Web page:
Faceless Prayers: Students gather and pray over anonymous requests

Rain continues to fall through the night sky as another dreary Tuesday comes to an end. Inside the chapel, four women gather on plush, black couches, talking and laughing as they wait to see if more will come.

As the clock turns to 9:03 pm, they decide that this will be all for tonight and the meeting begins Sophomore Laura Schwartz, leader for the Prayer Team, starts the night off with the usual ritual: highs and lows of the week.

“Here are the rules,” Schwartz said. “You have to have a high. If you can’t think of a low, don’t push it.”

After a quick devotional, the ladies divide up prayer requests written on small index cards. The prayer will be done popcorn style, though Schwartz reassures the others that there is no pressure to say anything out loud.

The prayer requests range from concerns about stress to lost family members to getting breakfast pizza in the dining hall, sophomore Katelyn Luze said.

“I don’t want people to not request something to pray for because they think it’s ridiculous and we won’t pray for it, because we will,” Luze said. “No prayer is stupid, too big or too small.”

Prayer requests are taken from sheets hung in the campus bathrooms as well as prayer sheets that are put in the offering plates during Sunday chapel services. Overall, the response has been positive.

Abby Giambattista, a sophomore who joined the prayer team just a few weeks ago, said she has already heard feedback ranging anywhere from “Wait, those really get prayed for?” to “Oh, that’s really cool you guys do that!”

While the prayer team is a relatively new and small club (this year marks its third in existence), members already feel like they are having an impact on the Augustana community.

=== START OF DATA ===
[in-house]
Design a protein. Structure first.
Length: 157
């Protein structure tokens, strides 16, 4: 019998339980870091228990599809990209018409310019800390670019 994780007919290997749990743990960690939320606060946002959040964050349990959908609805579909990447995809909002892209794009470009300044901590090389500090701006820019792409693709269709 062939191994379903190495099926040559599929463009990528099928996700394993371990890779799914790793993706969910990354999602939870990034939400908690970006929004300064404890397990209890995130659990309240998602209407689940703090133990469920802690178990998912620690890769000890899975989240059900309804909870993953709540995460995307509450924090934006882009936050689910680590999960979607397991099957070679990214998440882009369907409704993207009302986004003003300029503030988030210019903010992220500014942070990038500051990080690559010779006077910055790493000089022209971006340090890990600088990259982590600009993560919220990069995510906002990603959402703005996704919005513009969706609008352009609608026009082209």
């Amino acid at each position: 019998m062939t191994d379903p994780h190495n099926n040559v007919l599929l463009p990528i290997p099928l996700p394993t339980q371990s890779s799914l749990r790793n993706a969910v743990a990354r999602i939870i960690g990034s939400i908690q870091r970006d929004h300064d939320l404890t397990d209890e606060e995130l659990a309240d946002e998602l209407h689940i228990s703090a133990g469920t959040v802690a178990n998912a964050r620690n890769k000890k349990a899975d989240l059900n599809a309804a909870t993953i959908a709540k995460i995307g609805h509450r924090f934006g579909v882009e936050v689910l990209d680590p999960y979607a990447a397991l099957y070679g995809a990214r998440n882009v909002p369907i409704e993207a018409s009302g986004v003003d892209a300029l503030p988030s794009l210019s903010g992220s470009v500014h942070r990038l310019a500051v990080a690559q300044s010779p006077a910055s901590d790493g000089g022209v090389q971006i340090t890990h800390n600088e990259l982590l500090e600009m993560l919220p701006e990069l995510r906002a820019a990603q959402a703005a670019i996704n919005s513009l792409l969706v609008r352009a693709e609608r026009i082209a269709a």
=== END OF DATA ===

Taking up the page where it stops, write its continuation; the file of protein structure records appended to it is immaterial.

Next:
“I felt like it was time to sew into the greater Augustana community the best way I know how—by praying for them,” Giambattista said. “I love that our prayer team takes time to seriously consider each need shared with the group, it is a true testament to what God’s love looks like.”

As the women start to pray, the atmosphere immediately changes from one of friendship and laughter to intense emotion and sincerity.

At times there is a voice praying, almost pleading, for the concerns of a stranger. Other times, the silence stretches for what seems like hours. Still, eyes remained closed in concentration and palms turned up towards the heavens. While one person prays, whispers of “yes Jesus, yes God” can be heard from others in the room. The intimacy felt in the room is something the team thrives on.

“I am so unconcerned with the numbers,” Schwartz said. “The people who are coming are the people God wants to be there.”

The other members echoed Schwartz’s sentiment.

“Prayer team is a really awesome community [for those] who want a chance to quiet their heart with the busyness of their week and also get to know some other Christians,” sophomore Gloria McKenney said.

“There’s just something about praying with other people that makes you feel like a stronger person too,” Giambattista said.

After all the requests have been prayed over, the women deposit the cards in a vase that sits on the coffee table. Once the vase gets full, the papers inside are set on fire.

While the origin of the tradition is unknown, it has taken many forms over the years—from small fireplaces to bonfires complete with camp songs at Pastor Anne’s house.

“I think it’s about letting go of our worries and giving everything up to God,” Schwartz said. “Plus, who doesn’t love singing around a campfire?”


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